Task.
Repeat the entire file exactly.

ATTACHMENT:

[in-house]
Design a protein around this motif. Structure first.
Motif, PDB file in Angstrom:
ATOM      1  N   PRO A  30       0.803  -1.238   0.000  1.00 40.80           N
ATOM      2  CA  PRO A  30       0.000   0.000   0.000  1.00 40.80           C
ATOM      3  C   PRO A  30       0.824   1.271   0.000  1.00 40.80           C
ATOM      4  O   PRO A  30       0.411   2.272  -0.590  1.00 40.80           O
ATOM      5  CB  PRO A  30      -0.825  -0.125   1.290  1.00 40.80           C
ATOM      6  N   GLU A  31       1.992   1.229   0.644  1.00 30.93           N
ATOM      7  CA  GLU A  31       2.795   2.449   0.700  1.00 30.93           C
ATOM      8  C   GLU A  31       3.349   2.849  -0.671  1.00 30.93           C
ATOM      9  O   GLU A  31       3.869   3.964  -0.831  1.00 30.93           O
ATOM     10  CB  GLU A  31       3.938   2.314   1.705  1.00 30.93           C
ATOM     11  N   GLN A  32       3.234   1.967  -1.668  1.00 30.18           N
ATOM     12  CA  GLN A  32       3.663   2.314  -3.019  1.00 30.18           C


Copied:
[in-house]
Design a protein around this motif. Structure first.
Motif, PDB file in Angstrom:
ATOM      1  N   PRO A  30       0.803  -1.238   0.000  1.00 40.80           N
ATOM      2  CA  PRO A  30       0.000   0.000   0.000  1.00 40.80           C
ATOM      3  C   PRO A  30       0.824   1.271   0.000  1.00 40.80           C
ATOM      4  O   PRO A  30       0.411   2.272  -0.590  1.00 40.80           O
ATOM      5  CB  PRO A  30      -0.825  -0.125   1.290  1.00 40.80           C
ATOM      6  N   GLU A  31       1.992   1.229   0.644  1.00 30.93           N
ATOM      7  CA  GLU A  31       2.795   2.449   0.700  1.00 30.93           C
ATOM      8  C   GLU A  31       3.349   2.849  -0.671  1.00 30.93           C
ATOM      9  O   GLU A  31       3.869   3.964  -0.831  1.00 30.93           O
ATOM     10  CB  GLU A  31       3.938   2.314   1.705  1.00 30.93           C
ATOM     11  N   GLN A  32       3.234   1.967  -1.668  1.00 30.18           N
ATOM     12  CA  GLN A  32       3.663   2.314  -3.019  1.00 30.18           C